Efficient summer weed management the focus of workshops

image of melons
Melon weeds in paddocks can deplete stored soil water and create problems at seeding time. Photo by AGRONOMO

The breadth of summer weed species present in the Western Australian grainbelt can make management decisions difficult, yet it is important to identify species early and correctly.

This maximises the effectiveness of summer weed control by allowing growers to select appropriate techniques that can be used on small, actively growing weeds.

Summer weed workshops will be held in locations including Mingenew on February 5, Merredin on February 7, Esperance on February 8, and Corrigin on February 22 – the first in a series of hands-on events in the WA grainbelt.

These workshops have Grains Research and Development Corporation (GRDC) investment and are the result of GRDC Regional Cropping Solutions Network (RCSN) groups highlighting summer weed control as a high priority issue for grain growers.

Andrew Storrie, of AGRONOMO, is organising the events, with assistance from Department of Primary Industries and Regional Development (DPIRD) weeds researchers Catherine Borger and Alex Douglas, as well as local grower groups.

Mr Storrie said summer rain in WA cropping areas was occurring frequently and growers needed to not only identify weed species early, but to ‘speak the same language’ when referring to them, as common names varied from location to location.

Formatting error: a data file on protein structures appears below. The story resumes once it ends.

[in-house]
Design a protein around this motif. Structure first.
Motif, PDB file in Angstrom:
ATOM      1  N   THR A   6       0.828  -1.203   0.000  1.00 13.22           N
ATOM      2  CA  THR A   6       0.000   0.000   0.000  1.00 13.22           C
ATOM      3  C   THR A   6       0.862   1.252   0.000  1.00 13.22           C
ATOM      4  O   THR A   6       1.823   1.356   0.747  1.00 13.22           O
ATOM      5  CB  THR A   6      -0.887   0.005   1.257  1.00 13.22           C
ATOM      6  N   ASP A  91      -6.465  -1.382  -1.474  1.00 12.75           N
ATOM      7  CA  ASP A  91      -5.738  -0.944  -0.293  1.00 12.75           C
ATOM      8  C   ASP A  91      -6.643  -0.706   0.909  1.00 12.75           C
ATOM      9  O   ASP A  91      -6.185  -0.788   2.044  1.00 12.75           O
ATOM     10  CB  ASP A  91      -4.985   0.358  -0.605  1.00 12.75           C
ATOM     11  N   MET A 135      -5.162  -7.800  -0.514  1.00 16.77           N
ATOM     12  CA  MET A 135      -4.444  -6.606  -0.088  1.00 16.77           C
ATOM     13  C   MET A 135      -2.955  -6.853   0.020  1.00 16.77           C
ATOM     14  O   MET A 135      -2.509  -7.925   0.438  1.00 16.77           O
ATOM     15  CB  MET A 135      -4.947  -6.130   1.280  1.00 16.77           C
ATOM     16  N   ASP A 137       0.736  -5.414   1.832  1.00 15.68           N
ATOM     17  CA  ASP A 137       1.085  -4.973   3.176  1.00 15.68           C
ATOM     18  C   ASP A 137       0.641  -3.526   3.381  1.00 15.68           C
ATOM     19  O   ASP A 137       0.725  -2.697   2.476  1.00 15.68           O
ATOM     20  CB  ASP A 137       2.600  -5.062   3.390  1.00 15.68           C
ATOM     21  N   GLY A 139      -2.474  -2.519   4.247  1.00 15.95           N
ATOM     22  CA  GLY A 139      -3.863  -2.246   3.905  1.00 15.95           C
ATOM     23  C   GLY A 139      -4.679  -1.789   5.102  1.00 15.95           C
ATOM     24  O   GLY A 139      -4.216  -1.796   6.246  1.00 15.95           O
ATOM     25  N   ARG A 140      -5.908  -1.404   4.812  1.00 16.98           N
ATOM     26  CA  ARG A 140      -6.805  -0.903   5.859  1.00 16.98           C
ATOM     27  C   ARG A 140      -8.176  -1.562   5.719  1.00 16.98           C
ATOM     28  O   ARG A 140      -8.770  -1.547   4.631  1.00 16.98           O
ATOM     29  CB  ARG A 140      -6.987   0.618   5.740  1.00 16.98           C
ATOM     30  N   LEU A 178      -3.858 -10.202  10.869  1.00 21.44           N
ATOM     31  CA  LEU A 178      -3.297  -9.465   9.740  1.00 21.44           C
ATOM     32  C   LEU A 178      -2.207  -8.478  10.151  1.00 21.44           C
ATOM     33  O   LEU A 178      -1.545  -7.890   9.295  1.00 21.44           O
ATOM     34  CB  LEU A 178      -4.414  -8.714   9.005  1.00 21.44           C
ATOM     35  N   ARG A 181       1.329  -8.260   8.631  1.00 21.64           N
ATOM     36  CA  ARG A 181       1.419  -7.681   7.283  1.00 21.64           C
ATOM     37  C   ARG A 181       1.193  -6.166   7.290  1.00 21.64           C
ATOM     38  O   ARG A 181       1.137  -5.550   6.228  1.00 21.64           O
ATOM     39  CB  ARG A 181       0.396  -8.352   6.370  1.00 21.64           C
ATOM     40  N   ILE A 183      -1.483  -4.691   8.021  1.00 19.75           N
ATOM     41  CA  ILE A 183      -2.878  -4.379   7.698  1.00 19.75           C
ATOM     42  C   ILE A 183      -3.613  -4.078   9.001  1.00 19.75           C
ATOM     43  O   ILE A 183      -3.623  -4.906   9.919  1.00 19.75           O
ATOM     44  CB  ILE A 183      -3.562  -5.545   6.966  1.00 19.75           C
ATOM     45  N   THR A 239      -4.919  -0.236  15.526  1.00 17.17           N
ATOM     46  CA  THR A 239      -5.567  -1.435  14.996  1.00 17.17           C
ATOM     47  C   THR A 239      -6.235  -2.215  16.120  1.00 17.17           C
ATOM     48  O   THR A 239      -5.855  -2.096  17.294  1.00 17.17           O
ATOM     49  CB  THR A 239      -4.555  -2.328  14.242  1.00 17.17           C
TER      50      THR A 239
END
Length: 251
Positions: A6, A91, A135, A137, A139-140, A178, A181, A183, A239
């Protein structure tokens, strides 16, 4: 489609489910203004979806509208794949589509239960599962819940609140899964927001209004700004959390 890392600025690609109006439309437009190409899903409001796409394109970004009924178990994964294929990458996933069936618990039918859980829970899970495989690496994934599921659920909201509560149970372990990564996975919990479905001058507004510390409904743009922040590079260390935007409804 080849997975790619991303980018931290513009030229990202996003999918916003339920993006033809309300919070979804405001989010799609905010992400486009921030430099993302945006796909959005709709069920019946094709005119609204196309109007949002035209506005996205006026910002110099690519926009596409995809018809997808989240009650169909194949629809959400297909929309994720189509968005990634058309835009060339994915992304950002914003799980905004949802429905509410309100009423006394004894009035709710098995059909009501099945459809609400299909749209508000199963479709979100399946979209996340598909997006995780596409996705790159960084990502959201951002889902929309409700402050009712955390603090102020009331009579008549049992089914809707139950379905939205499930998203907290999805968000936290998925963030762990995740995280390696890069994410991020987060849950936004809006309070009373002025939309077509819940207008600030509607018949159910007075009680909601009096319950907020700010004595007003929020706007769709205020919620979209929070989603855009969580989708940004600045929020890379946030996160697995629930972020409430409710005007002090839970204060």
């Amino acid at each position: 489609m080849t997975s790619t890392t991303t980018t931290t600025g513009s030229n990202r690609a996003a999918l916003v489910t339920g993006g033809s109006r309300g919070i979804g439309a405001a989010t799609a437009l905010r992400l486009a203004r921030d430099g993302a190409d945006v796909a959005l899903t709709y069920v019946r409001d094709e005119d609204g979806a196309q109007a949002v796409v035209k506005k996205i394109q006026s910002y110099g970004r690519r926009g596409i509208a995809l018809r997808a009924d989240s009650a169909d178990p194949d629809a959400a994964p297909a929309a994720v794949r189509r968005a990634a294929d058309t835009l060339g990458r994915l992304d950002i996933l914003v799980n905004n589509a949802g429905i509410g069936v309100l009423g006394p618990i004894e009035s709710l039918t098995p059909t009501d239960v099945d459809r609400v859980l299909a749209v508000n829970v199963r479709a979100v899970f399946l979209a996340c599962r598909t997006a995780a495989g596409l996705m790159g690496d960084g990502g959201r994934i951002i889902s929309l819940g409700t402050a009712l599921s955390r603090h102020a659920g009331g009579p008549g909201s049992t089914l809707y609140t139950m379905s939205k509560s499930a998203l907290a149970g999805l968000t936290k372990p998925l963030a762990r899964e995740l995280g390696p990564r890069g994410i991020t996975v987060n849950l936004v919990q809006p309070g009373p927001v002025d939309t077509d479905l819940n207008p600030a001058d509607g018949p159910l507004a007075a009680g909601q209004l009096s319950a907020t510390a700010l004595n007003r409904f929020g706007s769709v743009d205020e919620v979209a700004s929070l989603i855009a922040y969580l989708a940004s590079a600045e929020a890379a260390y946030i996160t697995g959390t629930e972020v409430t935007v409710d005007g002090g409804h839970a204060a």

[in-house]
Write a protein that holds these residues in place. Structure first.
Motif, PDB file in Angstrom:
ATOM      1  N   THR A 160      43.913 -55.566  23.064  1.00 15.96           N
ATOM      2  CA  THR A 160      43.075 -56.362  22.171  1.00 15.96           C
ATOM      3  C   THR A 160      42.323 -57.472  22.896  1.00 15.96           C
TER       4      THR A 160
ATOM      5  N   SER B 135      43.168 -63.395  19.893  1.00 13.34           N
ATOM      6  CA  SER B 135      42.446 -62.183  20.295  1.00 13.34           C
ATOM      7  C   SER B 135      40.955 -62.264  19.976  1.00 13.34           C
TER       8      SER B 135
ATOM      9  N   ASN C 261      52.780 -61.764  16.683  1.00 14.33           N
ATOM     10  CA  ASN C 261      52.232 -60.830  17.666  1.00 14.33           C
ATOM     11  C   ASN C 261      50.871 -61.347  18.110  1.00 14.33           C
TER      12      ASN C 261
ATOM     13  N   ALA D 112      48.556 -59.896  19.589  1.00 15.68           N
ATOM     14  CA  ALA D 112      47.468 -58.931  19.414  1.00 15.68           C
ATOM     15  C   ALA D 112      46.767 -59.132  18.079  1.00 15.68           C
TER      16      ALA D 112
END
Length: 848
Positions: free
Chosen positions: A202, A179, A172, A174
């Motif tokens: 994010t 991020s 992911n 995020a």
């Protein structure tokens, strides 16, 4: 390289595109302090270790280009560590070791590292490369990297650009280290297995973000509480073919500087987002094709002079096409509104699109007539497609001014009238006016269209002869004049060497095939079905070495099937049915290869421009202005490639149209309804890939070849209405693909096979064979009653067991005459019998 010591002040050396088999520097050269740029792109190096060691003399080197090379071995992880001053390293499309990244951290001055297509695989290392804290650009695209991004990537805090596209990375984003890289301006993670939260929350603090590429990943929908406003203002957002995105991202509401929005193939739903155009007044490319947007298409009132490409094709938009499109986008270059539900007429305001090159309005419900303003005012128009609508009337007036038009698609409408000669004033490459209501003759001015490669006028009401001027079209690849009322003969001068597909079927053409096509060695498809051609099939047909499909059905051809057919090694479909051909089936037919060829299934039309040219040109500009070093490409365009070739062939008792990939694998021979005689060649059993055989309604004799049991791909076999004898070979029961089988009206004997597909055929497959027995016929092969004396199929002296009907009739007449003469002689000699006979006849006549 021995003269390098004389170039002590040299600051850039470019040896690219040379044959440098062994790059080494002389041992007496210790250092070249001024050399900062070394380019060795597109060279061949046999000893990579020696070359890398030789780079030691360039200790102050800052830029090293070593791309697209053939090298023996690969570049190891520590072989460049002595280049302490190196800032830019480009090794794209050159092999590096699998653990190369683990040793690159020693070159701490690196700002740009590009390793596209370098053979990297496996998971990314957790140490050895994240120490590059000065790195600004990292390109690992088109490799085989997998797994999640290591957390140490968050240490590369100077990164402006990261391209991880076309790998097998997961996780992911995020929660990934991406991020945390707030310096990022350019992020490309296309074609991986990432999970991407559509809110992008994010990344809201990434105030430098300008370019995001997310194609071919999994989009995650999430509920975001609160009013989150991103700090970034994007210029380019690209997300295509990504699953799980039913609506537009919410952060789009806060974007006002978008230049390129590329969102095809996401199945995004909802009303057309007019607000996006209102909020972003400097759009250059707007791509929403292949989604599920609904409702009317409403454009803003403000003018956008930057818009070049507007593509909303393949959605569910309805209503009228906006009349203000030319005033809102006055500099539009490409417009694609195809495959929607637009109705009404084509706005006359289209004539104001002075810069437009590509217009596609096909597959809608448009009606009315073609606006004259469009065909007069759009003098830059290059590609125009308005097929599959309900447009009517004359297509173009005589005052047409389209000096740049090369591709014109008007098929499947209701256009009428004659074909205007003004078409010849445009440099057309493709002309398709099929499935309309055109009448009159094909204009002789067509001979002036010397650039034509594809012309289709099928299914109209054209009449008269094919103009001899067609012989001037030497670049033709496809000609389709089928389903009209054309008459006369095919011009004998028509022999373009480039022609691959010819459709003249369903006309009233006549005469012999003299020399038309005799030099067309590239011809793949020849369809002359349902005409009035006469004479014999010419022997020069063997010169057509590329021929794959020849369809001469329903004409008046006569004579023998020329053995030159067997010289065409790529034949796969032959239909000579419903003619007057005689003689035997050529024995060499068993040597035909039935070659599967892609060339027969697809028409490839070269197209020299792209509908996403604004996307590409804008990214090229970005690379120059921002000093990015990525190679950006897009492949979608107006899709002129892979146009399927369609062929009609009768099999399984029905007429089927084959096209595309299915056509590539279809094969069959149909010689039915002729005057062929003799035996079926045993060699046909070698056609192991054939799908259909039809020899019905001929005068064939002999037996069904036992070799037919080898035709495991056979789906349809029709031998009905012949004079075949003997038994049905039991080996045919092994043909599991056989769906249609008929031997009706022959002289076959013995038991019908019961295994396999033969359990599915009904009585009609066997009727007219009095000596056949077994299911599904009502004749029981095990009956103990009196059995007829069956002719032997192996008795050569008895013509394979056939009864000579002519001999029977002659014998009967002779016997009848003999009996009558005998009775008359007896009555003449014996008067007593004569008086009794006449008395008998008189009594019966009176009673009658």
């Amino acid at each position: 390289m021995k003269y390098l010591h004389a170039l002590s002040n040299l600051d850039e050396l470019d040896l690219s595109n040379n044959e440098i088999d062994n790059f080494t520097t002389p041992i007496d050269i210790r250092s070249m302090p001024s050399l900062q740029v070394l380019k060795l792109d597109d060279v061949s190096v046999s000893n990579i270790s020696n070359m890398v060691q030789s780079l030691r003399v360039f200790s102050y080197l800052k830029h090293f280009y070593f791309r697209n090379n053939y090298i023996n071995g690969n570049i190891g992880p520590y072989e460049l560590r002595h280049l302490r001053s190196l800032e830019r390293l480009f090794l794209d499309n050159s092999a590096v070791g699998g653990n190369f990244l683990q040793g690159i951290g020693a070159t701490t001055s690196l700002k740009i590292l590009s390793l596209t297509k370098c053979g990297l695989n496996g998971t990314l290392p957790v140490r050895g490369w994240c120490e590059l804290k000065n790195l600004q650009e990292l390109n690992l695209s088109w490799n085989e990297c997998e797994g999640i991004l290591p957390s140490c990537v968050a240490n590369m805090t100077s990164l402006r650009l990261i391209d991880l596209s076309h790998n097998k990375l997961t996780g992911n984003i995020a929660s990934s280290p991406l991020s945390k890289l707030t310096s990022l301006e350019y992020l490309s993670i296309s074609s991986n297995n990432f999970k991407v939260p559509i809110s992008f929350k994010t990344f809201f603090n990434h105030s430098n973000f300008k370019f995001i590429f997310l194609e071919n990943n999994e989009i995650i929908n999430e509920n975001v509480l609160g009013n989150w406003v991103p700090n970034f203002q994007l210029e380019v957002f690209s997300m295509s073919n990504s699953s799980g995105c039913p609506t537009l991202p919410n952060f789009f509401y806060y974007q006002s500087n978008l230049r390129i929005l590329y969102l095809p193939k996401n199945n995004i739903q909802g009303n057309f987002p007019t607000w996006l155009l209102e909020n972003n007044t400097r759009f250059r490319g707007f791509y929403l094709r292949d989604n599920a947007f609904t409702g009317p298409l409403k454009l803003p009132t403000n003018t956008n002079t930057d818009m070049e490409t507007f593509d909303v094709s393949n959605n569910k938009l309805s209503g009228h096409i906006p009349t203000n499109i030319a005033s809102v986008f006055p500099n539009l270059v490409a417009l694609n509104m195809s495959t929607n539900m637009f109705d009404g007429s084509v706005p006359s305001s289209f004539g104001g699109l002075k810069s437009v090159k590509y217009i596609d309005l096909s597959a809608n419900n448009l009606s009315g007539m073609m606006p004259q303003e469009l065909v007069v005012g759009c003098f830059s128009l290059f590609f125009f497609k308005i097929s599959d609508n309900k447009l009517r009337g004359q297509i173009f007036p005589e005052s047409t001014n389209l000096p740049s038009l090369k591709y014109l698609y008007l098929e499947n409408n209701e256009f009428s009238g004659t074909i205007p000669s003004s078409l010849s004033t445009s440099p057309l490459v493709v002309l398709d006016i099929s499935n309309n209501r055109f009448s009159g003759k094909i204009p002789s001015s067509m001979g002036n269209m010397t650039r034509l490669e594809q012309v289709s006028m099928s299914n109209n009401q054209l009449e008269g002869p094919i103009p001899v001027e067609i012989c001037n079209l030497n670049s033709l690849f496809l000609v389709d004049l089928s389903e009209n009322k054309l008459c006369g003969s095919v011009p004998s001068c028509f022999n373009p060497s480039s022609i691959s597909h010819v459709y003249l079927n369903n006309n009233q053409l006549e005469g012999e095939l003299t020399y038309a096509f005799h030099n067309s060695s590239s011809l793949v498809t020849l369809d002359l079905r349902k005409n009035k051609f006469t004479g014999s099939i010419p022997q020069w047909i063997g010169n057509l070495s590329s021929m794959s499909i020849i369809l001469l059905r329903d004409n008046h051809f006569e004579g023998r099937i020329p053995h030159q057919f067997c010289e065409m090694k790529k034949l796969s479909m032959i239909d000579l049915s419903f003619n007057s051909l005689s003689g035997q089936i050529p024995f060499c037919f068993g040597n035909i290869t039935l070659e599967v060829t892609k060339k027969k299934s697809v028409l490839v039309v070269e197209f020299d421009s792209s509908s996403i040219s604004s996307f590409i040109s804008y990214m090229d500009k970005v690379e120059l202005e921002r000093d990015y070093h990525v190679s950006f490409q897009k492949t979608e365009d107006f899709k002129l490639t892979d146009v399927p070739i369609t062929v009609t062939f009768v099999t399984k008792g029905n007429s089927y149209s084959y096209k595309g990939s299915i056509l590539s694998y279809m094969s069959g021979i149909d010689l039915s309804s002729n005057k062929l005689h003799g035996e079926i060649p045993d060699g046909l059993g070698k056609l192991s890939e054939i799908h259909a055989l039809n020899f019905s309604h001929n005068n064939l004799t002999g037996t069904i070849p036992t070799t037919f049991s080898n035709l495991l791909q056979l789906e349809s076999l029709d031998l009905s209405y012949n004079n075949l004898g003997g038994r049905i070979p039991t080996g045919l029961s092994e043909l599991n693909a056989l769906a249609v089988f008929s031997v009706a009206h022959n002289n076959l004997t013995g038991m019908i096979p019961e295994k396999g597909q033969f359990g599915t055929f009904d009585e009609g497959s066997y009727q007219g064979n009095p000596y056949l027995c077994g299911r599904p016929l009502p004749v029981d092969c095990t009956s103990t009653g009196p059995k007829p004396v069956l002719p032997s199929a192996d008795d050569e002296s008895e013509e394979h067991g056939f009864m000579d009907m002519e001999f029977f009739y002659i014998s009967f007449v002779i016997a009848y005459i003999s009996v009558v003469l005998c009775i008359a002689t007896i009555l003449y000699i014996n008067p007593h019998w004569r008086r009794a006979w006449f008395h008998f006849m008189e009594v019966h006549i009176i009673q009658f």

“While it is relatively simple to identify weeds when they are flowering, correct identification of seedlings is more challenging,” he said.

“Every grower understands that large weeds are harder to control and that in summer weeds grow faster and can set seed in weeks.

“Large weeds also use more soil water and can cause problems at seeding. Therefore, waiting until identification is easier is not the best option.”

Growers attending the workshops will have the opportunity to identify weeds that are at an early stage of development, using live specimens, and will be shown identification short cuts and handy tools to use.

Mr Storrie will also address how to get good control of summer weeds using 2,4-D, under the new regulations relating to this herbicide.

“Using very coarse or coarser spray quality may require changes to application set up to maintain efficacy. We will run through how to select the best nozzles for the task and discuss tank mixes for dominant local weed species,” he said.

“A local grower using innovative weed management practices is likely to be present at each event to discuss their particular approach.”

DPIRD representatives will cover results from WA weed surveys in recent years and present specific management programs for common locally-found weeds.

Mr Storrie said that, in addition to information about plant identification, the workshops will provide advice about:

  • Why it pays to control summer weeds early
  • Best management practices for summer weeds, including presentation of local trial results
  • Better summer spray application
  • The new regulations on the use of 2,4-D and how it affects summer spraying
  • How to get the best control and stay within the regulations
  • Understanding how to maintain efficacy using a very coarse or coarser spray quality with 2,4-D tank mix partners.
  • New technologies for weed management.

Each of the workshops will be held from 1pm to 5pm.

To register or f

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